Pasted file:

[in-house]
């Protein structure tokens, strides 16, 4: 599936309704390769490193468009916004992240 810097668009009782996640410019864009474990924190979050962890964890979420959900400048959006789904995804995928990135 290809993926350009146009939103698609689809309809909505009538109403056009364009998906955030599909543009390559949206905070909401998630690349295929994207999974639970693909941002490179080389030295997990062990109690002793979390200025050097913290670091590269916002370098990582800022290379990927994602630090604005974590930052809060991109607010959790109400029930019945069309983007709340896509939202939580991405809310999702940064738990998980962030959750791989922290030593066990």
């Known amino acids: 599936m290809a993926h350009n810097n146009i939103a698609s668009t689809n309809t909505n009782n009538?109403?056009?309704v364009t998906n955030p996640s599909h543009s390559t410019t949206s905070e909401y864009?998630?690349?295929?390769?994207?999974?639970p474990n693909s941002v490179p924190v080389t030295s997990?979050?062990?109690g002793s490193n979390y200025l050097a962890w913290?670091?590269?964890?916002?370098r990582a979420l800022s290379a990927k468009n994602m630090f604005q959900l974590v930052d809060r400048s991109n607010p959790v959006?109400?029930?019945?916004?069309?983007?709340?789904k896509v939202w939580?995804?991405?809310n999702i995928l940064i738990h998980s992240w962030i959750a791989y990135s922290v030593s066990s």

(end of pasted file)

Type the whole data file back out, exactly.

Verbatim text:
[in-house]
């Protein structure tokens, strides 16, 4: 599936309704390769490193468009916004992240 810097668009009782996640410019864009474990924190979050962890964890979420959900400048959006789904995804995928990135 290809993926350009146009939103698609689809309809909505009538109403056009364009998906955030599909543009390559949206905070909401998630690349295929994207999974639970693909941002490179080389030295997990062990109690002793979390200025050097913290670091590269916002370098990582800022290379990927994602630090604005974590930052809060991109607010959790109400029930019945069309983007709340896509939202939580991405809310999702940064738990998980962030959750791989922290030593066990």
């Known amino acids: 599936m290809a993926h350009n810097n146009i939103a698609s668009t689809n309809t909505n009782n009538?109403?056009?309704v364009t998906n955030p996640s599909h543009s390559t410019t949206s905070e909401y864009?998630?690349?295929?390769?994207?999974?639970p474990n693909s941002v490179p924190v080389t030295s997990?979050?062990?109690g002793s490193n979390y200025l050097a962890w913290?670091?590269?964890?916002?370098r990582a979420l800022s290379a990927k468009n994602m630090f604005q959900l974590v930052d809060r400048s991109n607010p959790v959006?109400?029930?019945?916004?069309?983007?709340?789904k896509v939202w939580?995804?991405?809310n999702i995928l940064i738990h998980s992240w962030i959750a791989y990135s922290v030593s066990s």